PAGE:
An expected promise of £200,000 to move forward plans on creating an electric bus depot in Peterborough was withdrawn today – much to the dismay of Peterborough City Council leader Wayne Fitzgerald.
To the cry of ‘outrageous’ from the Conservative leader of East Cambridgeshire District Council, Cllr Anna Bailey, Mayor Dr Nik Johnson successfully moved for removal of a report pledging the money, to be withdrawn by the board of the Cambridgeshire and Peterborough Combined Authority (CAPCA).
Like a rabbit caught in the headlights Cllr Wayne Fitzgerald fell victim to a devilish political move in what looked like payback time for his earlier vetoing of a new CAPCA transport plan.
Cllr Bailey accused the mayor of voting against funding for the proposed new Peterborough depot as exacting “punishment for Wayne” before adding “this is outrageous”.
Even during the lengthy debate on the Local Transport and Connectivity Plan (LTCP), hopes remained high that, unlike when an earlier draft was voted down after Cllr Fitzgerald’s veto, the revised document would be approved.
It describes in detail how transport and digital interventions can be used to address current and future challenges and opportunities for the region.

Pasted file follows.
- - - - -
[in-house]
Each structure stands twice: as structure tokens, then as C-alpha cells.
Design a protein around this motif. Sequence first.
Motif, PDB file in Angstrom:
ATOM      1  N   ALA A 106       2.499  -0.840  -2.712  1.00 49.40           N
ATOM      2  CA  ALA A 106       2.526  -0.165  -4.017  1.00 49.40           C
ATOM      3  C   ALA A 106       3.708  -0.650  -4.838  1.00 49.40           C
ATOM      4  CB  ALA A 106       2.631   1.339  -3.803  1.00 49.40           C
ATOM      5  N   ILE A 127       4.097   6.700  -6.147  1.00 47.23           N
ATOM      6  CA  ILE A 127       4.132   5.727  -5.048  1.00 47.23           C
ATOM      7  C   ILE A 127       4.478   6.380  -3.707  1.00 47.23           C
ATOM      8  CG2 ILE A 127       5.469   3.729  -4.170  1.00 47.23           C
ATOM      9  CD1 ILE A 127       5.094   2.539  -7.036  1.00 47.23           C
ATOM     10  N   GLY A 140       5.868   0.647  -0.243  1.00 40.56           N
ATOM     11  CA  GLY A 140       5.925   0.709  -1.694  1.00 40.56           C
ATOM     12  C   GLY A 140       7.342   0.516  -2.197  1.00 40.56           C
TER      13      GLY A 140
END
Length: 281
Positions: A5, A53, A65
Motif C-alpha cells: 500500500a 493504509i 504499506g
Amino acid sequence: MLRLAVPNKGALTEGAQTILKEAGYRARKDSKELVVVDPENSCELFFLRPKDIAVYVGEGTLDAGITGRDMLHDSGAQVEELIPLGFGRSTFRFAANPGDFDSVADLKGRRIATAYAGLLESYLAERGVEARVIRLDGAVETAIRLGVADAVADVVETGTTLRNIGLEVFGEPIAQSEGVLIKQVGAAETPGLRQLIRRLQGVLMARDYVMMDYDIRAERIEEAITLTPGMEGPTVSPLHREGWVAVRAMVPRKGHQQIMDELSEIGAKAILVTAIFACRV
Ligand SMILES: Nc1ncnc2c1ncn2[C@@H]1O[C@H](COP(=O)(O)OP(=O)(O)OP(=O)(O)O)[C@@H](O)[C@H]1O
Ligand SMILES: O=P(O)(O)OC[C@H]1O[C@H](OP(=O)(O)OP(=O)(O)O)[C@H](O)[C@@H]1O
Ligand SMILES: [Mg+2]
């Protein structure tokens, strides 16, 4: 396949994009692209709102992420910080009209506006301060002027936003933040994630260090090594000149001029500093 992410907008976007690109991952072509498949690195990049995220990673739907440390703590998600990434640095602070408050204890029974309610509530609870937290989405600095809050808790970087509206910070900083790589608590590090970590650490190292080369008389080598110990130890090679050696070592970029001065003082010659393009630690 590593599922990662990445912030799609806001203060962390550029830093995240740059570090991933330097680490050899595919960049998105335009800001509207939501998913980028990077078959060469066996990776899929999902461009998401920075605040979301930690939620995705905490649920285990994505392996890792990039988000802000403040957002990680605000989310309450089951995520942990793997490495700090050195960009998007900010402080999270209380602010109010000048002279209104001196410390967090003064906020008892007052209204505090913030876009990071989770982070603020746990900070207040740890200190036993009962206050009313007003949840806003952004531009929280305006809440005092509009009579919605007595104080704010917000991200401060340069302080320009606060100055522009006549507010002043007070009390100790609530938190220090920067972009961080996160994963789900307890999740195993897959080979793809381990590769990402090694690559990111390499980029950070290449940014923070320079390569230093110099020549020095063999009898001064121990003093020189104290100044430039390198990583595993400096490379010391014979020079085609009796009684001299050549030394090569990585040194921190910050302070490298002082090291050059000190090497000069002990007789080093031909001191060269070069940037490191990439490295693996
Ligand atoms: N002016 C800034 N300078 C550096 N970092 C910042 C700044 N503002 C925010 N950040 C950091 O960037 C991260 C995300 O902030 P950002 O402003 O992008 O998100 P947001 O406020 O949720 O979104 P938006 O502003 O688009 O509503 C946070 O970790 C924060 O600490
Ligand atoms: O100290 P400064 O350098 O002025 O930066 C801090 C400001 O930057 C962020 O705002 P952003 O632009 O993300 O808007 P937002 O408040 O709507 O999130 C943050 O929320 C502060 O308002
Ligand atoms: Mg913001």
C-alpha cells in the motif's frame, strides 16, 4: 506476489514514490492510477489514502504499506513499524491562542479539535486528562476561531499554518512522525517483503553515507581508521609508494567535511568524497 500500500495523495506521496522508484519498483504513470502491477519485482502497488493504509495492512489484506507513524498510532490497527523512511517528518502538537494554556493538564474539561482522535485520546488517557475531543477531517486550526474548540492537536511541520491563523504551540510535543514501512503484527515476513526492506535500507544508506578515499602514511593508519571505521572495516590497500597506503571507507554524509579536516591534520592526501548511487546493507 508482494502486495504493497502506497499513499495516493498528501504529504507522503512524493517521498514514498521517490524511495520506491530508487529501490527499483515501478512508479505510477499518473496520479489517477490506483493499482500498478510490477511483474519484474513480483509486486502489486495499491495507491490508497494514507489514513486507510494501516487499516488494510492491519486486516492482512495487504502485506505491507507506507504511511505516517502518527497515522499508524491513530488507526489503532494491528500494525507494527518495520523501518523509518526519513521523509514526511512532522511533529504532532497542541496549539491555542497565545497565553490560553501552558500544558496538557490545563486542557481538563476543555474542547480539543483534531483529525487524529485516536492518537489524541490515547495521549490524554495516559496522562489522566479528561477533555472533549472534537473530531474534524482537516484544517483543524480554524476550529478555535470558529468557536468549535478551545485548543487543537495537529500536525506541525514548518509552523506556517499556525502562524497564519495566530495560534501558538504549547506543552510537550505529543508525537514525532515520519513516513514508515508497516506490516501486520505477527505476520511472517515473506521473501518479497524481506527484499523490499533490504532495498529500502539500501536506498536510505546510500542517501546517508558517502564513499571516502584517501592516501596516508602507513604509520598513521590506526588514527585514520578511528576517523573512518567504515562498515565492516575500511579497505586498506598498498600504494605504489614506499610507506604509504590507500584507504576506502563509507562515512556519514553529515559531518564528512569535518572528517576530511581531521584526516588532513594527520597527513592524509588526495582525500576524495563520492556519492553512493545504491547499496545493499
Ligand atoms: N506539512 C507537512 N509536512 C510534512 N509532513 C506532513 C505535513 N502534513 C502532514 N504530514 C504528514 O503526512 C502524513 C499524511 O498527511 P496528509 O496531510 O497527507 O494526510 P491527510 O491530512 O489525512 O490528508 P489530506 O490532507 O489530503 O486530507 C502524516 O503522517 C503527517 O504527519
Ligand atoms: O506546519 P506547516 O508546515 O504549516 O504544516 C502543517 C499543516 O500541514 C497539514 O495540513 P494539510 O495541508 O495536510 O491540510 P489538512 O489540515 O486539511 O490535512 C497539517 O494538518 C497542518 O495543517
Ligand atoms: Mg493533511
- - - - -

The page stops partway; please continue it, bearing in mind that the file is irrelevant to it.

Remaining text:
And it sets out what CAPCA believes are “policies and strategies needed to secure growth and ensure that planned developments can take place in the county in a sustainable way”.
But the LTCP again needed both Cambridgeshire County Council and Peterborough City Council approval. And Cllr Fitzgerald has the final say.
Dr Johnson told me after the meeting there had been “every indication” the LTCP would be agreed but, and without saying a word, Cllr Fitzgerald vetoed it.
Later in the meeting, however, developments took a new turn when the CAPCA board was invited to approve £200,000 to meet expenses yet to be incurred by Peterborough City Council to commission further feasibility work, investigate governance and funding models, establish site infrastructure requirements, and formulate a site specification for the electric bus depot.
It was at that moment Mayor Johnson pulled his own proverbial rabbit from the hat.
He proposed withdrawing the paper supporting the £200,000 since the bus depot was part of the new LTCP which had not been approved.
“We can’t talk about it because we haven’t an LTCP,” he said.
His deputy, Cllr Anna Smith, seconded the motion and described it as a “situation none of us want to be in” and “incredibly disappointing”.
But she said the point had been well made at a transport committee last week that the success of the bus depot was explicitly linked to a new bus depot.
Wowser of a twist @CambsPboroCA after @PeterboroughCC leader Cllr Wayne Fitzgerald uses his power of veto ( again) to block local transport and connectivity plan. Cllr Fitzgerald did not speak during the debate. @NikJohnsonCA crestfallen pic.twitter.com/uQuQO4RlYq
— John Elworthy (@johnelworthy) September 20, 2023
Pulling the recommendation did not mean it would not be back at some later date for a decision.
Cllr Fitzgerald described withdrawing the recommendation as “ridiculous” and argued effectively it was tit for tat for his veto.